Domestic Cat Breeds that Look Like Wildcats
Now while the idea of having a tiger, cheetah or any other wildcat at home may be rather awesome, getting your hands one as a pet will prove mighty dangerous. So why not snuggle with a housecat with wildcat looks instead?
Here are some felines beauties with wildcat looks and domestic roots!
Regarded by a lot of avid cat fanciers as having the overall appearance of a scaled down cougar, the Chausie is definitely a breed you need to check out if you're zeroing in on a domestic feline that looks like a wildcat.
Now while the Chausie is a known household breed these days, it actually has the blood of a wildcat running in its veins. This pint-sized cougar was developed by pairing a domestic cat with a Jungle Cat (Felis chaus).
Apart from coming in three striking colors, particularly silver-tipped black, solid black and brown-ticked tabby, the Chausie also flaunts a muscular body that's quite graceful.
You'd ever expect that the Ocicat traces back it roots from domestic breeds with its uniquely exotic look.
Sure the breed may have been developed from outcrossing the American Shorthair, Siamese and Abyssinian, its Ocelot-like appearance made it one of the most popular "wildcat-looking" felines in the fancy.
The Ocicat's coat commonly comes in fawn, lavender, blue, cinnamon, chocolate and tawny. There are also cats of this breed that have silver-tipped coats.
3: Egyptian Mau
The Egyptian Mau has the appearance of the cats displayed in ancient murals exhibited in pyramids and similar sacred places. Apart from having the distinction of being the only naturally-spotted domestic breed of cat in the world, its long, muscular legs give it the look of being constantly on the verge of jumping or pouncing.
Interestingly, the Egyptian Mau is believed to have descended from kittens that resulted from the mating of African Wild Cats and domestic felines at least 4,000 years ago. Just in case you're wondering, "mau" is the Egyptian word for "cat" in their native tongue.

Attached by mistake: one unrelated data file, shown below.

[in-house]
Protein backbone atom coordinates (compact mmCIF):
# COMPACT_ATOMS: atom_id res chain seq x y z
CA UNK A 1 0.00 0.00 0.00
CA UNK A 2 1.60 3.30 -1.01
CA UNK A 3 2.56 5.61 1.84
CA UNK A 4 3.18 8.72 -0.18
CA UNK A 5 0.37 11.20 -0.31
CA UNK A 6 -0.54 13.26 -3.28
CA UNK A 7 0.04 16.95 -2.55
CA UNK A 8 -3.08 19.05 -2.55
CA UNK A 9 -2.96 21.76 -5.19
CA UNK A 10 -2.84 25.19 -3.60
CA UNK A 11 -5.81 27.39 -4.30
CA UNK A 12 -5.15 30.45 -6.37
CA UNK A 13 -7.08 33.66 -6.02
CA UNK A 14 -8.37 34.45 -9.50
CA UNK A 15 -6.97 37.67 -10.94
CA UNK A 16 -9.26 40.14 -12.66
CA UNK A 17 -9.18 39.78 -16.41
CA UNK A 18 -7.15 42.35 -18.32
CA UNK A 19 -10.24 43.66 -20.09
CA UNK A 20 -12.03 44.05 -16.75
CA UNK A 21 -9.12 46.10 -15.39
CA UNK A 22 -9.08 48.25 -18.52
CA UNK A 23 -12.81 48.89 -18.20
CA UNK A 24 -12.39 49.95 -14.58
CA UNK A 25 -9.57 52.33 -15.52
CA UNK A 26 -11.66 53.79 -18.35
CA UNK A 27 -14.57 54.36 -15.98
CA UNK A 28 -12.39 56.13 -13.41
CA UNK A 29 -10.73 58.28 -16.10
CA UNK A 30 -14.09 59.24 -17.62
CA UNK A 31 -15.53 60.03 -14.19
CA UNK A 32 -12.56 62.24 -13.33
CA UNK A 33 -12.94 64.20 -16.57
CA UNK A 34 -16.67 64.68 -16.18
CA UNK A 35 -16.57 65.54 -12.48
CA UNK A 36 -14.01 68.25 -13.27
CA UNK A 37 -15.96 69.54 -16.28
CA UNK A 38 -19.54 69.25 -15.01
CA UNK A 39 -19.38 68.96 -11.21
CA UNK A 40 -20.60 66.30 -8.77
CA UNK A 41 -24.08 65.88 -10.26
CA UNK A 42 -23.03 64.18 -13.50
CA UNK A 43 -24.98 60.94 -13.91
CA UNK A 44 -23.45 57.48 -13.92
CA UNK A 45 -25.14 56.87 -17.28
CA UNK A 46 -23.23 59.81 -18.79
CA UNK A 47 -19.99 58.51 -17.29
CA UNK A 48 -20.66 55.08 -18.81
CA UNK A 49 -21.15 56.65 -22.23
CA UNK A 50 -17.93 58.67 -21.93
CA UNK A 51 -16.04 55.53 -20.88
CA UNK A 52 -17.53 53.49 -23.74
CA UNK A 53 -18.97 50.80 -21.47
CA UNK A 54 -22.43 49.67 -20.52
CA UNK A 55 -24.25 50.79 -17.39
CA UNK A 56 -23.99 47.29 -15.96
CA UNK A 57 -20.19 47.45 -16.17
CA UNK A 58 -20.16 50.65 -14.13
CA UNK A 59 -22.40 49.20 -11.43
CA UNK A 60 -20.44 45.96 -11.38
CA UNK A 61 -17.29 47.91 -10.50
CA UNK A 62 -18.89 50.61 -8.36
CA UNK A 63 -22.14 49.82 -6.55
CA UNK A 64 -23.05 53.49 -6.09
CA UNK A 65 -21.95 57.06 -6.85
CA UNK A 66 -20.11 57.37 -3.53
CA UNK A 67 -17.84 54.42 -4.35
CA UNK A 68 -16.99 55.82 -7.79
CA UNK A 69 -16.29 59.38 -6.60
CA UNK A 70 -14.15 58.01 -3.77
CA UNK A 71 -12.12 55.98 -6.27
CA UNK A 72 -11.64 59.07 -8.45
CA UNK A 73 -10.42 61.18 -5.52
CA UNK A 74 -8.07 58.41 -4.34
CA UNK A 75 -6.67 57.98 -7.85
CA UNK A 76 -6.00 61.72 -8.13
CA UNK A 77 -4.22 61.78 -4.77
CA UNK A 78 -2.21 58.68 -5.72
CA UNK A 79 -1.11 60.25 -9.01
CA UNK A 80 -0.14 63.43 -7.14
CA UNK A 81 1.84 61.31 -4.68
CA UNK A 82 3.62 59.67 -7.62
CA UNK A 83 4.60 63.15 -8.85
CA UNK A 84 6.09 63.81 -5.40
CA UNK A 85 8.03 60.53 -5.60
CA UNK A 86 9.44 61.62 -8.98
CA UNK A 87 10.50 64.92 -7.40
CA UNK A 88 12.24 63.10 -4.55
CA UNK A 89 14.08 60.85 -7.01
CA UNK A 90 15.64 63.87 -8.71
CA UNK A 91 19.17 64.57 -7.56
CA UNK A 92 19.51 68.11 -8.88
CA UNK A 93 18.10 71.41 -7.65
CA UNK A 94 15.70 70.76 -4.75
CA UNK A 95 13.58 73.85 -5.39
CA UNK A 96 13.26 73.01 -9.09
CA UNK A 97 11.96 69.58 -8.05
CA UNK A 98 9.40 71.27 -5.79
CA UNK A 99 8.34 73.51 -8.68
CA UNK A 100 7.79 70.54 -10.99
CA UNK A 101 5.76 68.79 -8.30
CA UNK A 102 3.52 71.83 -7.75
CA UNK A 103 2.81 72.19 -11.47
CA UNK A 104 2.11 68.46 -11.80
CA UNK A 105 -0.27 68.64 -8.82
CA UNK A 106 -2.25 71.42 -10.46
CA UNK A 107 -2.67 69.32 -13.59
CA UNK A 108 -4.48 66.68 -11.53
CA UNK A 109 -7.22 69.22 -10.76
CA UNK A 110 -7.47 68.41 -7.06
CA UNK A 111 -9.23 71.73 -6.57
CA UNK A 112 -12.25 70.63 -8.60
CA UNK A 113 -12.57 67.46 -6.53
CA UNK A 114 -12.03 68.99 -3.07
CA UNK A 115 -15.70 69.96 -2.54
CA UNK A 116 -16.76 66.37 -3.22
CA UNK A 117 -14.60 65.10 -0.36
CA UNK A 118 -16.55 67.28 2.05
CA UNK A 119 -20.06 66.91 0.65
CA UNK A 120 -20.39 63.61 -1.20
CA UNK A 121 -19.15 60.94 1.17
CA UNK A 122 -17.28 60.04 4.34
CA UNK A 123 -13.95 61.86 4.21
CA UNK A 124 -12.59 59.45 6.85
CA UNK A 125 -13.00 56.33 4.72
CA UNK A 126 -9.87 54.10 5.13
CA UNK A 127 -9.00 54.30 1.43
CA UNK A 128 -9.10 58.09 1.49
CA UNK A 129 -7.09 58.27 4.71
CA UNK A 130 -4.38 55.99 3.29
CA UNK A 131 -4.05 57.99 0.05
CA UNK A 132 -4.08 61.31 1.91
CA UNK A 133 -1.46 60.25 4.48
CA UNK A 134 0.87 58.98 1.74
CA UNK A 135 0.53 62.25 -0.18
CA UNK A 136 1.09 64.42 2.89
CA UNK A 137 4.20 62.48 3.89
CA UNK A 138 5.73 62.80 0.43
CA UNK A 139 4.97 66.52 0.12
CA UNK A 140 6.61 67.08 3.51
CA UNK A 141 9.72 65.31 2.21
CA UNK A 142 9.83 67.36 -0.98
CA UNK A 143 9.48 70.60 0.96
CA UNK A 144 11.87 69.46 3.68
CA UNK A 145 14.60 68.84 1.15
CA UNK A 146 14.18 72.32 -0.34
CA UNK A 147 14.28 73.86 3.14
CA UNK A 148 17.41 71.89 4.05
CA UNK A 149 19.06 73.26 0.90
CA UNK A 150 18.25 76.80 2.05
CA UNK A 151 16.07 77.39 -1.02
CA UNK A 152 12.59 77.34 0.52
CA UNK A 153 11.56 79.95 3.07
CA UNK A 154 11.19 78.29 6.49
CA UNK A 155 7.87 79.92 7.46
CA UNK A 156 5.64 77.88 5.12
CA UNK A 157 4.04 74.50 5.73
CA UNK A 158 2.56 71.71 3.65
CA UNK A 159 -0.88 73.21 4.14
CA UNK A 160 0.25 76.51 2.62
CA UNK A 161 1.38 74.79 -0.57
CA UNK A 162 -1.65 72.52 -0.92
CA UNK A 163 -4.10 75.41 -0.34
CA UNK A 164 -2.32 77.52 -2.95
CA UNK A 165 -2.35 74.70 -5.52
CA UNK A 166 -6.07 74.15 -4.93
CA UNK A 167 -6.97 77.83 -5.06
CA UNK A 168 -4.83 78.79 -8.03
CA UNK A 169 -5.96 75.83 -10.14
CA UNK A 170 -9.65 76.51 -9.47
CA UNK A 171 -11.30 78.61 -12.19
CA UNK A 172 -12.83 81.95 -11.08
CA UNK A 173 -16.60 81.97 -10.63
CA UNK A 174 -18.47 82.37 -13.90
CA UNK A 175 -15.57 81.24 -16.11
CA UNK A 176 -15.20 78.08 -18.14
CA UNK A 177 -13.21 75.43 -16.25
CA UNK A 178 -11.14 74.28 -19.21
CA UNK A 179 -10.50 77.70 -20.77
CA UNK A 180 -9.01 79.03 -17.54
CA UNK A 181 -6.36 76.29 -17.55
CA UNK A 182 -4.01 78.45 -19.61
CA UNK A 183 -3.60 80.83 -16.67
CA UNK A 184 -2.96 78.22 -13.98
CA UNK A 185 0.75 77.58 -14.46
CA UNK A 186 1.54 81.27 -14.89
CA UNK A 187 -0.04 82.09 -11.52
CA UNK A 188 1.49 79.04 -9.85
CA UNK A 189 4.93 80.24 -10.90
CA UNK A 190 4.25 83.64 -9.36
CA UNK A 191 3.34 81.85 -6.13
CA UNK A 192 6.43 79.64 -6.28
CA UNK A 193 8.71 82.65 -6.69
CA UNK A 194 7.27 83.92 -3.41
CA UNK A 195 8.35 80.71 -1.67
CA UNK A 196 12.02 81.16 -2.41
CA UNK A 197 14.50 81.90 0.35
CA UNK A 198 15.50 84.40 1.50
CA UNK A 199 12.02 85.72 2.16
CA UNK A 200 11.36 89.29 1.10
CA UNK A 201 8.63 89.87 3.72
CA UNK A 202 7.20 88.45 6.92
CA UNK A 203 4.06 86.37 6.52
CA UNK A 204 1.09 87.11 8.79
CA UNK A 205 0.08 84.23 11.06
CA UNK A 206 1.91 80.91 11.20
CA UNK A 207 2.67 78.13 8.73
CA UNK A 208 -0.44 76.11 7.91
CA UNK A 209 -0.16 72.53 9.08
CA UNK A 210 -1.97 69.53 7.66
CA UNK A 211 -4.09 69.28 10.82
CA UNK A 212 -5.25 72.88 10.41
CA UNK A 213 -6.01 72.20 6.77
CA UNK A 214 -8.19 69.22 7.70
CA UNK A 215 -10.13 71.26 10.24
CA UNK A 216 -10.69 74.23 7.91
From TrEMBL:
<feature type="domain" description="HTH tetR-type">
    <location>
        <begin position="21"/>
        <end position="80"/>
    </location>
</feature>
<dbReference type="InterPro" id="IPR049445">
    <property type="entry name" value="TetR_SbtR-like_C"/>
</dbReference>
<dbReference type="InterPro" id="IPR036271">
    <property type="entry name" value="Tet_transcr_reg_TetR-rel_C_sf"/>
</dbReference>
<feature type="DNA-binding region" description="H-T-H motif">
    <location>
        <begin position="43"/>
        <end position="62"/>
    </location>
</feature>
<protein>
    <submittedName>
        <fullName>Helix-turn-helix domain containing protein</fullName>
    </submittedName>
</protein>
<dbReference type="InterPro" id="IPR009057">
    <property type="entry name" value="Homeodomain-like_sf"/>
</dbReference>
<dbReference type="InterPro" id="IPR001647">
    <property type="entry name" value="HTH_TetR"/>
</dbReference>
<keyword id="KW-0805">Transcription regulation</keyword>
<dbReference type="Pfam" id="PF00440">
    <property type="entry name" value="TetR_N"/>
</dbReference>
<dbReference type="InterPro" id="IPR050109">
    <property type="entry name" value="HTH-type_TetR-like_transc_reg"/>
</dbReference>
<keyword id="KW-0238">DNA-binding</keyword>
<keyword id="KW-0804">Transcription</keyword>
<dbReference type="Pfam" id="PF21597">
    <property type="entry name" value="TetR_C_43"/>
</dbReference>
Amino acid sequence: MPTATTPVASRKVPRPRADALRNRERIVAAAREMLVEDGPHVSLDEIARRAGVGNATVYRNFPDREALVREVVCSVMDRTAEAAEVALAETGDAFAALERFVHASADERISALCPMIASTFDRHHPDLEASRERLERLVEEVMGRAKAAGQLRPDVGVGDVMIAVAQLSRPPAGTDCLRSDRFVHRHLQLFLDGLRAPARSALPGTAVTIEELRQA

The Toyger is basically a miniature version of the tiger. Aside from flaunting the same prominent stripes, this cat's slightly cobby body also closely resembles that of its enormous jungle cousin.
Developed by outcrossing a standard Bengal tabby with a striped domestic shorthair, the Toyger is known as a moderately active breed that isn't as vocal compared to other felines. Now while it won't pass up a chance to play with its human companions, it isn't that demanding for attention as well.
The stripes on the Toyger's legs are so pronounced that they already look like thick bangles.
The Savannah is a cat you'd expect to come across the wild African plains instead of engaging you in a game of fetch or tag at home.
The result of the pairing of the large-eared Serval and a domestic feline, this cat is not just known for its gracefully lithe body, but also for its superb leaping abilities. Remarkably, the Savannah can easily launch itself into the air up to 8 feet!
Make sure you check with your local wildlife office before getting your hands on a Savannah though. Now while it is categorized by most states as a domestic breed, some still consider it as an actual wildcat because of its Serval lineage.
The resemblance between the Pixiebob and its feral North American Bobcat cousin is simply uncanny. Aside from the pointy ears that are lined here and there with tufts of hair, the coat markings are also quite identical.
The Pixiebob is the brainchild of Carol Ann Brewer, a cat breeder who fell in love with a "Legend Cat" that she came across while poring over the local paper. Brewer loved the male kitten so much that she adopted it and bred it with a neighbor's female Legend Cat when it became of age.
The pairing subsequently produced a kitten named Pixie, which eventually became the foundation cat for the breed.
With its noticeable rosettes and roses on its coat, chest and legs, the Bengal looks more wild than domestic at first glance. Developed using a domestic cat and an Asian Leopard Cat, the Bengal also has the overall agile appearance that makes it look like it's ready to jump or pounce at any moment.
What's really interesting about the Bengal is that it has a fondness for water and won't hesitate to take a dip in the kitchen sink or join its guardians in the shower.